“Um, yes … of course, I totally understand what you are saying,” I answered back … as if I really had a clue.
As my friend continued to unravel every detail of her “dating life” I could not stop thinking about how miserable this girl was. All she could think about was boys!
I still don’t understand why my friend chose to speak about this to me — a girl who is completely against teenage dating — and no, it’s not because I attend an all-girls high school. By the way, did I mention that my friend just recently turned 16?
Now please don’t get me wrong. I am not one of those anti-boys, anti-socializing girls. I actually have a great group of friends that includes both girls and boys. I also hang out with my friends; I go to the movies with them. They are all really great.
Ye… Yele… Yeled,” Oliver looked up at me with pride in his eyes. He knew he had read the word perfectly. He began to smile, satisfied with his own accomplishment. I too began to smile. Overwhelmed with gratification, I realized it was this feeling that drags me out of bed before 9 a.m. on Sunday mornings. This is about pride in being Jewish.
Oliver, his sister, Daphne, and I participate in the Jewish Youth Encounter Program. “The program was designed to instill in our students a love of and pride in being Jewish,” described Debby Rapps, program director.
Founded in 1986 by Carl and Sylvia Freyer, the program is open to all children in the third through seventh grades, from public or private schools and affiliated or unaffiliated homes. The “big siblings” as the tutors are called — mostly juniors and seniors attending local yeshiva high schools — are specifically matched to best fit the needs of each child in the program. Continue reading “Pride in being Jewish”→
November — a crisp, chilly month when the cold begins to settle in for the winter. The trees so majestically hued in shades of yellow, orange, and red begin to lose their splendor along with their leaves. But November isn’t just a time of natural elegance and display. It’s also an American period of thanksgiving. So let’s talk a bit more about Yom and Thanksgiving.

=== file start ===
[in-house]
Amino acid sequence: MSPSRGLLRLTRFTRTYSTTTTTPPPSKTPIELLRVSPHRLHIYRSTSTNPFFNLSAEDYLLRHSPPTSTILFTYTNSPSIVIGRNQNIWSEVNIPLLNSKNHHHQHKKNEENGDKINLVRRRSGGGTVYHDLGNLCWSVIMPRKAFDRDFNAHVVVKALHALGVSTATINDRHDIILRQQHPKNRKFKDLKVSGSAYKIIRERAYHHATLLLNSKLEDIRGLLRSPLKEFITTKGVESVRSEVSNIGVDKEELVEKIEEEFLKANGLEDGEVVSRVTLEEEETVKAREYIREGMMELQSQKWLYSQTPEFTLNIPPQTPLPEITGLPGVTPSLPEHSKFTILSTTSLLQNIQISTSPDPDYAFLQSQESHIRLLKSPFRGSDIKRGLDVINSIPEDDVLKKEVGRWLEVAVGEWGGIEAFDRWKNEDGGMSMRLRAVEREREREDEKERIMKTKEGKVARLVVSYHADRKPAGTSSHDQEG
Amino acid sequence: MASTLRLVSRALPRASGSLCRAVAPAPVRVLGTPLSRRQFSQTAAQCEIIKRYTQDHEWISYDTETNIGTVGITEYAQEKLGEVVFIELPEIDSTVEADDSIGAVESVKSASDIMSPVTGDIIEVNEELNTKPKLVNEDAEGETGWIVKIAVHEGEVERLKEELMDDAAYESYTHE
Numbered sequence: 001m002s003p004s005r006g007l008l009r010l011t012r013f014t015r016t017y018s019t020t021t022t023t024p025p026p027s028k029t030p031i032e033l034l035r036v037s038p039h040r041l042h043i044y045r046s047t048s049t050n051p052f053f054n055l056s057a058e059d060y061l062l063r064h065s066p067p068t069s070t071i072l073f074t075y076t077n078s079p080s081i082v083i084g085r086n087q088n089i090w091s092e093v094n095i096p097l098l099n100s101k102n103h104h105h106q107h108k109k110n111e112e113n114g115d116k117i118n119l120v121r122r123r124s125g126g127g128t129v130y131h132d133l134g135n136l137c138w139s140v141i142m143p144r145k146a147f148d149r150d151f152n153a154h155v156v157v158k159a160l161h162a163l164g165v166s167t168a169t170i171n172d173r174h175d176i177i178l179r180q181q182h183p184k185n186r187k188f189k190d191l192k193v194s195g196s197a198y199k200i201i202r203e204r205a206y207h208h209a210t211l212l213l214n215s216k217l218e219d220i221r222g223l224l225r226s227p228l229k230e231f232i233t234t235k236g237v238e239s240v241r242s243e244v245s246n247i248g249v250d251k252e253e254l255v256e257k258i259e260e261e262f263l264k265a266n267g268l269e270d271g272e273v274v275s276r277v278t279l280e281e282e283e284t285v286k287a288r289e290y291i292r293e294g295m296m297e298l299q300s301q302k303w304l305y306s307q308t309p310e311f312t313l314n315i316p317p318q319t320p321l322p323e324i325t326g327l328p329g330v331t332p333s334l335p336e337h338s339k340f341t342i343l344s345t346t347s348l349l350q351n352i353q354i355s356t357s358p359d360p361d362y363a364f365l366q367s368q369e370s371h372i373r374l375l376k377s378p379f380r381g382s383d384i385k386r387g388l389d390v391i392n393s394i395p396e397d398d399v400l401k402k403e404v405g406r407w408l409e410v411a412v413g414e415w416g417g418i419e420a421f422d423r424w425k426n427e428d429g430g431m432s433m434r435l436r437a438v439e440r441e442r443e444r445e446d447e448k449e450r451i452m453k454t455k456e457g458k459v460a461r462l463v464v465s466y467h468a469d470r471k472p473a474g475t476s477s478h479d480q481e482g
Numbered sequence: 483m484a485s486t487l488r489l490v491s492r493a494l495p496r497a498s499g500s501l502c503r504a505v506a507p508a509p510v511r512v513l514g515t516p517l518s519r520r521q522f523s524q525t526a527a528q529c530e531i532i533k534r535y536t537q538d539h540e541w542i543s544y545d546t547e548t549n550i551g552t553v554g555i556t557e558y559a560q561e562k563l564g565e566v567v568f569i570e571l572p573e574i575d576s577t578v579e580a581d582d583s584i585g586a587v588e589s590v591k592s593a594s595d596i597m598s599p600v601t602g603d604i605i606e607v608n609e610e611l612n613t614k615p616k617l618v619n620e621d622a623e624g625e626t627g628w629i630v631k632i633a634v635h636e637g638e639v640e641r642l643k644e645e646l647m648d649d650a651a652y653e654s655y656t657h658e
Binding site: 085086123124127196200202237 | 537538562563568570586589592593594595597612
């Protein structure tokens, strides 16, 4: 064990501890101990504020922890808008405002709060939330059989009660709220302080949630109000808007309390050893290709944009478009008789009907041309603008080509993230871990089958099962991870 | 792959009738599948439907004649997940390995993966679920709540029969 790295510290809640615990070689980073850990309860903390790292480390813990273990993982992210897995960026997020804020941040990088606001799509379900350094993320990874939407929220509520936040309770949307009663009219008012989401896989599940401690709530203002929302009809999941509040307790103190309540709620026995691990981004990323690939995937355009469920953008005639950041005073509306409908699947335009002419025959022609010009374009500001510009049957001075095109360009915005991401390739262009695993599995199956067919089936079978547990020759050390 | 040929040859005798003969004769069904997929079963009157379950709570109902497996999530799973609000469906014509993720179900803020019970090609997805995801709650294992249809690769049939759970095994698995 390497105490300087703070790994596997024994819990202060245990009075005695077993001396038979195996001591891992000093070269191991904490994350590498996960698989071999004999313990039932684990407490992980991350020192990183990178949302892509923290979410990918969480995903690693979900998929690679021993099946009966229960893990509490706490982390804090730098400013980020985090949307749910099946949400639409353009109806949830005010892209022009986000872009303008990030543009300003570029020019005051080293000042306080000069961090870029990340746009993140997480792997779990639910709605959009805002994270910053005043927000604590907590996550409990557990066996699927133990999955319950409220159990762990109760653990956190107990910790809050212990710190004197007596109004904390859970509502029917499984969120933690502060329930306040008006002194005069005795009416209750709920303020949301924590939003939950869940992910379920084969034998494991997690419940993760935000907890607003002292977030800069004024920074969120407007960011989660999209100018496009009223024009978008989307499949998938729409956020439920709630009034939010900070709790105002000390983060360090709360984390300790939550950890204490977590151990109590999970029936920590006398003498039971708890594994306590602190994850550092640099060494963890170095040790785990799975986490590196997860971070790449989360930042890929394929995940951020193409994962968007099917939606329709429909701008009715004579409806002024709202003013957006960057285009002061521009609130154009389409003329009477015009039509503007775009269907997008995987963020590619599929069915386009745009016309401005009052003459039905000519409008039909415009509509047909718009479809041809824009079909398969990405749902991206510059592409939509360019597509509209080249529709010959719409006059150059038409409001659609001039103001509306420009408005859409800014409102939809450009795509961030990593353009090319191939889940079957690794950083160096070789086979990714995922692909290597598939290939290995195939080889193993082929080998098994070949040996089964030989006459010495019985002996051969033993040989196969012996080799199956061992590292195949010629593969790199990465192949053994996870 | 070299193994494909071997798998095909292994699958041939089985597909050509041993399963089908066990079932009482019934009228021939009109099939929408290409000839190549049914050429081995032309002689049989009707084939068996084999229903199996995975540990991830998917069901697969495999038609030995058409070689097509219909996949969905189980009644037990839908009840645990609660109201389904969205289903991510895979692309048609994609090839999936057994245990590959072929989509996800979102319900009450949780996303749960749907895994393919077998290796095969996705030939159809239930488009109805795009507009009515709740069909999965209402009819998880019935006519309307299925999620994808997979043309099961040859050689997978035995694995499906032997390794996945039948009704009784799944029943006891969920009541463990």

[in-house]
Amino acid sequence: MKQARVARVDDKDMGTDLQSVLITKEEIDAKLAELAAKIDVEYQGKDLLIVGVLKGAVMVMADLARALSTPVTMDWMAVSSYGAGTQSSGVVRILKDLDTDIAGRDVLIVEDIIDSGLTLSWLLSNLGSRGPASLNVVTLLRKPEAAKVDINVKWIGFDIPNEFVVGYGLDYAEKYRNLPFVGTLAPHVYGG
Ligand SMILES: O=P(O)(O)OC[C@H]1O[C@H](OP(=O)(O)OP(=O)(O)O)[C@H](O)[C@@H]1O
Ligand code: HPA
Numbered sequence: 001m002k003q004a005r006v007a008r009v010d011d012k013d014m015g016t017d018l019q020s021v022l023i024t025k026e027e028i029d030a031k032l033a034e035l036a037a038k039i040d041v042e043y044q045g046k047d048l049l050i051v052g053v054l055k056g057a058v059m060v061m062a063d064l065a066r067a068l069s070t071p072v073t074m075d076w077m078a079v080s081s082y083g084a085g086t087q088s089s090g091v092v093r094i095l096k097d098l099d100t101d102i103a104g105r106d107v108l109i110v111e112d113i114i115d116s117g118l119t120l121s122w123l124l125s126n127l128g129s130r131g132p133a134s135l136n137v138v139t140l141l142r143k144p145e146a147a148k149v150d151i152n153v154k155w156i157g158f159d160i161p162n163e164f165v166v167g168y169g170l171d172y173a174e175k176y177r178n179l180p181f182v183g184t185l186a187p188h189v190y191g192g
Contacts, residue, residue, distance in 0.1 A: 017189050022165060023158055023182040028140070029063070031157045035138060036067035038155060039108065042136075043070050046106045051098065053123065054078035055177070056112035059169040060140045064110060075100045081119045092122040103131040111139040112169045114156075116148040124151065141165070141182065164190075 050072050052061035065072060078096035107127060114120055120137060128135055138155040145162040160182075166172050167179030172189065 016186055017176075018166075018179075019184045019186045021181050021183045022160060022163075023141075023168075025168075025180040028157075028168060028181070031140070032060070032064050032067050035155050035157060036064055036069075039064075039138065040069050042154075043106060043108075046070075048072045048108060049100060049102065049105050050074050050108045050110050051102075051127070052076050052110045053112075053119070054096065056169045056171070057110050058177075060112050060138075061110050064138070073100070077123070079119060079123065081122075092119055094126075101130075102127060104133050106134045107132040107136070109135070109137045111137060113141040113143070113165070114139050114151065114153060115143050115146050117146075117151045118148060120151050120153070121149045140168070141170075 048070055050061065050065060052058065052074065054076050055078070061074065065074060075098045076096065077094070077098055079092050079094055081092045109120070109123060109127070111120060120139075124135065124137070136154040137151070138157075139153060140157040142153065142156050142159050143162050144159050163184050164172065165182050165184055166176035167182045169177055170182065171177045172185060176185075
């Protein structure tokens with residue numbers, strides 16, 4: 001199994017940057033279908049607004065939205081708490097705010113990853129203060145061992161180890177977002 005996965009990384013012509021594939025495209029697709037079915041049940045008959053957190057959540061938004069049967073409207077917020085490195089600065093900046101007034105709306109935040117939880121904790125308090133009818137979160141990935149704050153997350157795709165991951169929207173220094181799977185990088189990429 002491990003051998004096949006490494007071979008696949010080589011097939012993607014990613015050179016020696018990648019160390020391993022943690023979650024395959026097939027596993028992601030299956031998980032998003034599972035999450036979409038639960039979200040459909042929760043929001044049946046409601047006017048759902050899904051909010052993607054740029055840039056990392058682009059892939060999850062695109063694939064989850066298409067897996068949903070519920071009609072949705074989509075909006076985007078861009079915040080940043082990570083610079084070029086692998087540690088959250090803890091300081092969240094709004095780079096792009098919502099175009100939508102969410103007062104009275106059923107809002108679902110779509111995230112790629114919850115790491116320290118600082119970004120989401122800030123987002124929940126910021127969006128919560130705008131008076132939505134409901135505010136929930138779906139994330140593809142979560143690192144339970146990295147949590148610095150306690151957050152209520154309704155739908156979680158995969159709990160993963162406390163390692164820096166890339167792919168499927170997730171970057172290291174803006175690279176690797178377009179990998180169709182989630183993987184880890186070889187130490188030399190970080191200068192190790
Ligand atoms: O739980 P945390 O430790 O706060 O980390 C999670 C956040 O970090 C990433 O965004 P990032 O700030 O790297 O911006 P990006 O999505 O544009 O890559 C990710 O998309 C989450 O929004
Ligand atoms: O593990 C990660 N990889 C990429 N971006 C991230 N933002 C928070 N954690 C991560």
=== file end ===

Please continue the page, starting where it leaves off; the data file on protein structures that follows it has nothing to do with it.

Every year in the United States the last Thursday in November is designated as a day of appreciation and thanks. This day is nationally recognized as Thanksgiving Day. A day of family gatherings, turkey and gravy, pumpkin pie, parades, and NFL football — Thanksgiving is hard not to enjoy.
But how did it all get started? We all know about the pilgrims and Indians, but how did a turkey barbeque among our ancestors and their neighbors turn into a full-fledged, nationally observed holiday?
During the American Revolution, the first Continental Congress proposed Thanksgiving as a national holiday. They borrowed the idea from a group of pilgrims and Indians who celebrated the first Thanksgiving in 1621 to give thanks for their first successful harvest. Although the holiday never became official, many who favored the American Revolution adopted Thanksgiving and it soon spread throughout the nation.
At Yeshivah of Flatbush High School, something, or someone for that matter, stands out. Among the teenage boys and girls dressed in every bright color imaginable hiking up the five flights of exasperating stairs is a girl dressed solely in morbid black. An unorthodox orthodox teen. Black shirt, black skirt, black shoes, black arm warmers, black bracelets, black everything.
Fourteen-year-old Malka Wallick dresses in the Gothic style, a style usually not associated with Judaism. Although the term “Goth” was first used to describe a type of architecture in the early 12th century, it was later used to describe the style of literature used by writers such as Edgar Allen Poe and Shirley Jackson, a style pertaining to bereavement.